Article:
The Buff-tailed Bumblebee (Bombus terrestris) is such a familiar sight in gardens, parks and the countryside throughout the UK and Europe. A hardy species, the large queens (up to 3cm) can emerge on sunny days in the middle of winter; their flight muscles can operate in temperatures as low as 5 degrees celsius. Queens will emerge in around March, as the air warms and spring flowers are peaking. 
You will see them sunbathing, and though they aren't moving, don't worry, they are busy getting themselves warmed up and flight-ready. Sometimes you will see small, pale mites clinging onto them - these are harmless and are just hitching a ride between nests, where they eat detritus. T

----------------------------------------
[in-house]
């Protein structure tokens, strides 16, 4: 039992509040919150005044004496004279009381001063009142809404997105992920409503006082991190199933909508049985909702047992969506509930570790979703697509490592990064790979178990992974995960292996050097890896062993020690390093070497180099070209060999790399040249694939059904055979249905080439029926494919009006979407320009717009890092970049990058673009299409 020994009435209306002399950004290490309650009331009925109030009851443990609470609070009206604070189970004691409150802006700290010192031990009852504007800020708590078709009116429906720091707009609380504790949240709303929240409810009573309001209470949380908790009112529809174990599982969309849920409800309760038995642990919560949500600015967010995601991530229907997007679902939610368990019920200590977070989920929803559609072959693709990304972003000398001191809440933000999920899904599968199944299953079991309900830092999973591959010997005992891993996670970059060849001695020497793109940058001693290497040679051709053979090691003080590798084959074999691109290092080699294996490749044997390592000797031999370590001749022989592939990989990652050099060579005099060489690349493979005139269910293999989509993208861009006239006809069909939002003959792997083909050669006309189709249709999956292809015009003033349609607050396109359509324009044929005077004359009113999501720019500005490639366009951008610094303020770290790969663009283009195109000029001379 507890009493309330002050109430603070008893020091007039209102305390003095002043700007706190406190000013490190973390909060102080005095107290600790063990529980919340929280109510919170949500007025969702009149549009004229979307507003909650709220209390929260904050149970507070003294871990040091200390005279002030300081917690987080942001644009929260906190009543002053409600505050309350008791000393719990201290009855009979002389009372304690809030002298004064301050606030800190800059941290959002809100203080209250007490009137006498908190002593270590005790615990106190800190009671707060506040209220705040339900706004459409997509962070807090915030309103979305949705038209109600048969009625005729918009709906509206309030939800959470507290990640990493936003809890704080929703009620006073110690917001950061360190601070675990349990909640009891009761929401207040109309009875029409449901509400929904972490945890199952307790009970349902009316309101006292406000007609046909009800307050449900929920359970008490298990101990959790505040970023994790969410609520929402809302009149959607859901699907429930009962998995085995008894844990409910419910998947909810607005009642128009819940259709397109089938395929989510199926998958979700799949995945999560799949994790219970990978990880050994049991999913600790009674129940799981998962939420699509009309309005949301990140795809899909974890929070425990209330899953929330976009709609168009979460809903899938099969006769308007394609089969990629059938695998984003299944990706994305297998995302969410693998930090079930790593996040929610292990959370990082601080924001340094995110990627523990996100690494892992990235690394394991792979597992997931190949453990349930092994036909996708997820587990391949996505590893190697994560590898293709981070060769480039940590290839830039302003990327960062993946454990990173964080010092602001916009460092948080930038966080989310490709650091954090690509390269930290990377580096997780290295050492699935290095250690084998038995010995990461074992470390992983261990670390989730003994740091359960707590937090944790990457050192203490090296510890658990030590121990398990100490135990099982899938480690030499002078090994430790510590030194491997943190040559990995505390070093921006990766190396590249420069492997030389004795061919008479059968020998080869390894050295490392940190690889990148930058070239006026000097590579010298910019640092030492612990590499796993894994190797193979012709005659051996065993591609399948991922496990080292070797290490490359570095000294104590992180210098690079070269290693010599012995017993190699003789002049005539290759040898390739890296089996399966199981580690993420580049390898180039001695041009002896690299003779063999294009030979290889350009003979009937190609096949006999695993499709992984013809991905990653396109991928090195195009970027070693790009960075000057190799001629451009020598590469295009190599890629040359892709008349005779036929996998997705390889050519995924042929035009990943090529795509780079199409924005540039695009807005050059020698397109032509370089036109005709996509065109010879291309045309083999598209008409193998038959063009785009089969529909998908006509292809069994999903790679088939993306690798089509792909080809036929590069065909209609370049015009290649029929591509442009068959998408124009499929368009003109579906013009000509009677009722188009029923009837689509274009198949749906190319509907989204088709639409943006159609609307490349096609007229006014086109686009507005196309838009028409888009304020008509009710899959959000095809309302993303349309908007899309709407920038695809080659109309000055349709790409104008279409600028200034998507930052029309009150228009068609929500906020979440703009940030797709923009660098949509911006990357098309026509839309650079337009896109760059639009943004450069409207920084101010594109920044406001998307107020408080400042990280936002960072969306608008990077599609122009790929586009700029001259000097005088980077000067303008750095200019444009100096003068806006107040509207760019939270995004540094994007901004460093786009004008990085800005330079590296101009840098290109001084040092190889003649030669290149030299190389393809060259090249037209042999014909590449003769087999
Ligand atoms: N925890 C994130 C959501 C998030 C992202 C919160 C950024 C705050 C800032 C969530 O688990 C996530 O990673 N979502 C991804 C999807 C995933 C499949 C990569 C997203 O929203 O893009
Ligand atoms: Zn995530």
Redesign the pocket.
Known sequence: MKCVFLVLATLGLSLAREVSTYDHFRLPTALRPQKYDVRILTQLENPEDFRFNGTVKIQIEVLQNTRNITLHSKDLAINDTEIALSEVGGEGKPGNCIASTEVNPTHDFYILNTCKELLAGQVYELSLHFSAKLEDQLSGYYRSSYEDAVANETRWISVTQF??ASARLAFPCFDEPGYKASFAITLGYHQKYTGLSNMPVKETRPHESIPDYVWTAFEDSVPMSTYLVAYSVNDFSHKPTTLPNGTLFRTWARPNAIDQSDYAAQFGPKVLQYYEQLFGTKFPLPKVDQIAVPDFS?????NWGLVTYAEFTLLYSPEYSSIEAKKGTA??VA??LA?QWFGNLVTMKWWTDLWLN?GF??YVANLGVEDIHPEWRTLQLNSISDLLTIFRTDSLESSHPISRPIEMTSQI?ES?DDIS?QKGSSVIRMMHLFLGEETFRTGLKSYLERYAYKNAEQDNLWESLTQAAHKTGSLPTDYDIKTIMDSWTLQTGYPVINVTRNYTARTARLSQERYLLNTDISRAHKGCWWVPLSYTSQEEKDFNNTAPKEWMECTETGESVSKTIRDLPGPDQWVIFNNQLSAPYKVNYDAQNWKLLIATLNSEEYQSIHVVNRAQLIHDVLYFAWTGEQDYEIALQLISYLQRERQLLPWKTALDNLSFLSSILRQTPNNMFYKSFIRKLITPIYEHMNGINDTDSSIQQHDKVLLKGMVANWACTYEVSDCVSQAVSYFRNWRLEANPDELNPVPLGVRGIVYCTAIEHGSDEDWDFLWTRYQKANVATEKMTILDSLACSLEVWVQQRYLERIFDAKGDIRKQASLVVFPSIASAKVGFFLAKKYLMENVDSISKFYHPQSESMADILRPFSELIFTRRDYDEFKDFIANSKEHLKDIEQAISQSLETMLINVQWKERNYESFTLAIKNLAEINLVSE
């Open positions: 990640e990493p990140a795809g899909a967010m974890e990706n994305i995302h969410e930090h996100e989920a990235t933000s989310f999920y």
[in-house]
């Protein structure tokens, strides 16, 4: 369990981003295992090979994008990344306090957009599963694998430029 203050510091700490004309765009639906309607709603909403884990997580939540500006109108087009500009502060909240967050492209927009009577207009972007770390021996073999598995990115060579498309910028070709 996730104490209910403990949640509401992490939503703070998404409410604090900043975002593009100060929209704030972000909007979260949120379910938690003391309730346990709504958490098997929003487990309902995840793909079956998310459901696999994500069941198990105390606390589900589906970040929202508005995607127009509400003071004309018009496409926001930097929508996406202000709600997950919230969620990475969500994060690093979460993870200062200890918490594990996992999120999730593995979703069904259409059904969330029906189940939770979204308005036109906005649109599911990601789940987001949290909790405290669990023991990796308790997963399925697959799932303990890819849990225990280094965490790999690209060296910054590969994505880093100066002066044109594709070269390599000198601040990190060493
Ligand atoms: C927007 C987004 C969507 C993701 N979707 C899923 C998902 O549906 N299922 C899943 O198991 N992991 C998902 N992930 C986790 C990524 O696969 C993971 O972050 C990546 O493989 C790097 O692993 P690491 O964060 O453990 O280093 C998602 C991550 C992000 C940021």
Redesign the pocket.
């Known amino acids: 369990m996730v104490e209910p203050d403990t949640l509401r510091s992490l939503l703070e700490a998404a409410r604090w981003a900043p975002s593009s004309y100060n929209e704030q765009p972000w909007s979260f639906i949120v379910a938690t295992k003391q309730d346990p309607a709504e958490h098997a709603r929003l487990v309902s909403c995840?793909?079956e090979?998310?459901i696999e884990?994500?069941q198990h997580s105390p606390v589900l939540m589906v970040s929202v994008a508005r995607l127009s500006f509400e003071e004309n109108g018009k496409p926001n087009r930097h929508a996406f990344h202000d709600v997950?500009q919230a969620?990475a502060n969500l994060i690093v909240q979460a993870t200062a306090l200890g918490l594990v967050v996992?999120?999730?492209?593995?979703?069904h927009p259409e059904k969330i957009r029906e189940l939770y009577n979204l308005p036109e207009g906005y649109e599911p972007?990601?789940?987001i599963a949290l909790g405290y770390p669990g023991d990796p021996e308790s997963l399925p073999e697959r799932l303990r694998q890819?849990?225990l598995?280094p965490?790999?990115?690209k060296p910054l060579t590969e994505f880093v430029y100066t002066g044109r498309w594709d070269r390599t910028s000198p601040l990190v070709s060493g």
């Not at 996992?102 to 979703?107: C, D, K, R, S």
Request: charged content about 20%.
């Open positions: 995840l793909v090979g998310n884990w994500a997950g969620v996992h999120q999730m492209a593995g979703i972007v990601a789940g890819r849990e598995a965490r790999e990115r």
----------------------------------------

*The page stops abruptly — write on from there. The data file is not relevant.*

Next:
he queen finds a nest site and construct several conjoined nest cells, in each one laying a single egg and provisioning with pollen. Bumblebee queens can genetically control the sex of their young; and so these early offspring are always workers. As the first workers emerge, they will take over nest-cell building and foraging duties, leaving the queen to focus on egg-laying, producing queens. The in early summer, the queen flicks her genetic switch and begins laying male eggs. The new queens emerge with the males, fuel up on nectar and go into hibernation in around August, in a shallow hole in the soil, or other snug nook. There they stay until the following spring (apart from the occasional cold-weather sojourn), when they will emerge to repeat the cycle. There does appear to be increasing evidence of winter activity in Buff-tails.There are even records of winter-active nests, as our winters become milder.
© Gail Ashton. February 2022
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